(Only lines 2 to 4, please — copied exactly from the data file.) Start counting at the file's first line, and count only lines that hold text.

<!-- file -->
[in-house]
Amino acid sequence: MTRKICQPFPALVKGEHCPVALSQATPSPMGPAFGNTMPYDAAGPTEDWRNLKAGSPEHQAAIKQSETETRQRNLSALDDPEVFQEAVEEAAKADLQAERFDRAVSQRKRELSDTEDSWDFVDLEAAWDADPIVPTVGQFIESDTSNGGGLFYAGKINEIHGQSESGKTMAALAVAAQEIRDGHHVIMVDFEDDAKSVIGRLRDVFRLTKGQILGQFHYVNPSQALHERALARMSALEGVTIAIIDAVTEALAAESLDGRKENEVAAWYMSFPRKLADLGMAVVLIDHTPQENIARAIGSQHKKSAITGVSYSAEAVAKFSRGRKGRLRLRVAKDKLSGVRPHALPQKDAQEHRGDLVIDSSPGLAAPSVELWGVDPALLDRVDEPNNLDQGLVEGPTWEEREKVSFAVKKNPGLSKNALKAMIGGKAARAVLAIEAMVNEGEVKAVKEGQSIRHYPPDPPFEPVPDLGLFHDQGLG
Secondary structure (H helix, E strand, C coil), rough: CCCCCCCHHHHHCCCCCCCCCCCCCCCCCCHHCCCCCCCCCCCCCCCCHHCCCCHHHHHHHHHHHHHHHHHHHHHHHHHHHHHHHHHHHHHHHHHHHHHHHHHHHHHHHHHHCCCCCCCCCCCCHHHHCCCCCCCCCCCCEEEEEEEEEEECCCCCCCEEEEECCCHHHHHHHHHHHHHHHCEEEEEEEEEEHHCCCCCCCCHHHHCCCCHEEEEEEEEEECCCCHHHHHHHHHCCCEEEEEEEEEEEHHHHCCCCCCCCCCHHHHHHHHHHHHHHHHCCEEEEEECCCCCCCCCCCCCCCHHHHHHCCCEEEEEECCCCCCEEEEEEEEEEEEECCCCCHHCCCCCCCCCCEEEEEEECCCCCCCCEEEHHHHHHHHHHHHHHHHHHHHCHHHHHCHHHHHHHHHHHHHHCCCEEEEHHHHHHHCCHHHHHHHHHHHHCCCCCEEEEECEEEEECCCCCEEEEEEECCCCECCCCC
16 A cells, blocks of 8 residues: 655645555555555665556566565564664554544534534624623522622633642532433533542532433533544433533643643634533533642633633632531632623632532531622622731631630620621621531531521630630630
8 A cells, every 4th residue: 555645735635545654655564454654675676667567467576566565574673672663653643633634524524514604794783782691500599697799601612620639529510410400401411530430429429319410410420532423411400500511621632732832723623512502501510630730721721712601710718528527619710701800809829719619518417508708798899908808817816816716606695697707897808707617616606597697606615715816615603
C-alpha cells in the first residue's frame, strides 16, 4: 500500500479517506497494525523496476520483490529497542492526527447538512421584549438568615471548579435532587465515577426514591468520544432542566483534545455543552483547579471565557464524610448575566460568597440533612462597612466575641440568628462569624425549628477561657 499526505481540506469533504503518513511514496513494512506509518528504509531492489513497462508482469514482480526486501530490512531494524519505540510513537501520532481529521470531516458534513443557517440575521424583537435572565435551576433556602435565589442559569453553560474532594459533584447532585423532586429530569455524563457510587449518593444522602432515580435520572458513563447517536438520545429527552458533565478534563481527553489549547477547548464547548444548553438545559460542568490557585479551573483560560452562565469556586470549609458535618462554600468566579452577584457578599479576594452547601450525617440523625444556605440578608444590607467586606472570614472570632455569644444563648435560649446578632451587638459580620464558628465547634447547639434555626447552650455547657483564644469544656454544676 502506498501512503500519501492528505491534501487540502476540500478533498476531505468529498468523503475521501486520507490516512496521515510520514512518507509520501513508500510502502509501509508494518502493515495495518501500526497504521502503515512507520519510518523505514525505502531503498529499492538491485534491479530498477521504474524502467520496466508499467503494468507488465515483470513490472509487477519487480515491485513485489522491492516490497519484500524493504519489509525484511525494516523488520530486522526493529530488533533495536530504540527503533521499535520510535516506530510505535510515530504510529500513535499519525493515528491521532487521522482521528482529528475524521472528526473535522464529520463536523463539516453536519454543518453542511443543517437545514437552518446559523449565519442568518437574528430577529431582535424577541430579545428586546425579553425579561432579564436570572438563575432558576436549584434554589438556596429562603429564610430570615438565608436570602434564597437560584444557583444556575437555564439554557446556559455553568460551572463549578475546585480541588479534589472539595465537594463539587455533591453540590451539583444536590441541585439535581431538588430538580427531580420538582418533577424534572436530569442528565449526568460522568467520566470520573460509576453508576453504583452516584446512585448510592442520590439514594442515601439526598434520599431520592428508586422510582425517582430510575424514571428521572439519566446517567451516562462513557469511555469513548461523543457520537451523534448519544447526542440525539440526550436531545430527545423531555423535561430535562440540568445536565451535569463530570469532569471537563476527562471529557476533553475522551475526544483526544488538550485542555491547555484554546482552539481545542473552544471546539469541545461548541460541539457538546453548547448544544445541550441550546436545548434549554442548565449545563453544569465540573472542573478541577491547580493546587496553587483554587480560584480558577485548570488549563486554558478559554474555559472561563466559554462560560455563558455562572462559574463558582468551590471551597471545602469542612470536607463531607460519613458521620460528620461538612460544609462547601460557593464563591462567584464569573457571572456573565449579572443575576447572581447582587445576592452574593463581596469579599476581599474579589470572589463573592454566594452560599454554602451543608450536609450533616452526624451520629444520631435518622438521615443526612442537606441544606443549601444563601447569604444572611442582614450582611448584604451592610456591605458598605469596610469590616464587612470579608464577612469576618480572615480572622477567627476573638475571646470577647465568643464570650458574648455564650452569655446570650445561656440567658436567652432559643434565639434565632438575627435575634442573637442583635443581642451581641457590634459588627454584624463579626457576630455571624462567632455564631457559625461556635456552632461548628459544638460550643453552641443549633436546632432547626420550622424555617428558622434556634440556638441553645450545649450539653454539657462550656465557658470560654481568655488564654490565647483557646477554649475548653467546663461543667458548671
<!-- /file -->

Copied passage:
Amino acid sequence: MTRKICQPFPALVKGEHCPVALSQATPSPMGPAFGNTMPYDAAGPTEDWRNLKAGSPEHQAAIKQSETETRQRNLSALDDPEVFQEAVEEAAKADLQAERFDRAVSQRKRELSDTEDSWDFVDLEAAWDADPIVPTVGQFIESDTSNGGGLFYAGKINEIHGQSESGKTMAALAVAAQEIRDGHHVIMVDFEDDAKSVIGRLRDVFRLTKGQILGQFHYVNPSQALHERALARMSALEGVTIAIIDAVTEALAAESLDGRKENEVAAWYMSFPRKLADLGMAVVLIDHTPQENIARAIGSQHKKSAITGVSYSAEAVAKFSRGRKGRLRLRVAKDKLSGVRPHALPQKDAQEHRGDLVIDSSPGLAAPSVELWGVDPALLDRVDEPNNLDQGLVEGPTWEEREKVSFAVKKNPGLSKNALKAMIGGKAARAVLAIEAMVNEGEVKAVKEGQSIRHYPPDPPFEPVPDLGLFHDQGLG
Secondary structure (H helix, E strand, C coil), rough: CCCCCCCHHHHHCCCCCCCCCCCCCCCCCCHHCCCCCCCCCCCCCCCCHHCCCCHHHHHHHHHHHHHHHHHHHHHHHHHHHHHHHHHHHHHHHHHHHHHHHHHHHHHHHHHHCCCCCCCCCCCCHHHHCCCCCCCCCCCCEEEEEEEEEEECCCCCCCEEEEECCCHHHHHHHHHHHHHHHCEEEEEEEEEEHHCCCCCCCCHHHHCCCCHEEEEEEEEEECCCCHHHHHHHHHCCCEEEEEEEEEEEHHHHCCCCCCCCCCHHHHHHHHHHHHHHHHCCEEEEEECCCCCCCCCCCCCCCHHHHHHCCCEEEEEECCCCCCEEEEEEEEEEEEECCCCCHHCCCCCCCCCCEEEEEEECCCCCCCCEEEHHHHHHHHHHHHHHHHHHHHCHHHHHCHHHHHHHHHHHHHHCCCEEEEHHHHHHHCCHHHHHHHHHHHHCCCCCEEEEECEEEEECCCCCEEEEEEECCCCECCCCC
16 A cells, blocks of 8 residues: 655645555555555665556566565564664554544534534624623522622633642532433533542532433533544433533643643634533533642633633632531632623632532531622622731631630620621621531531521630630630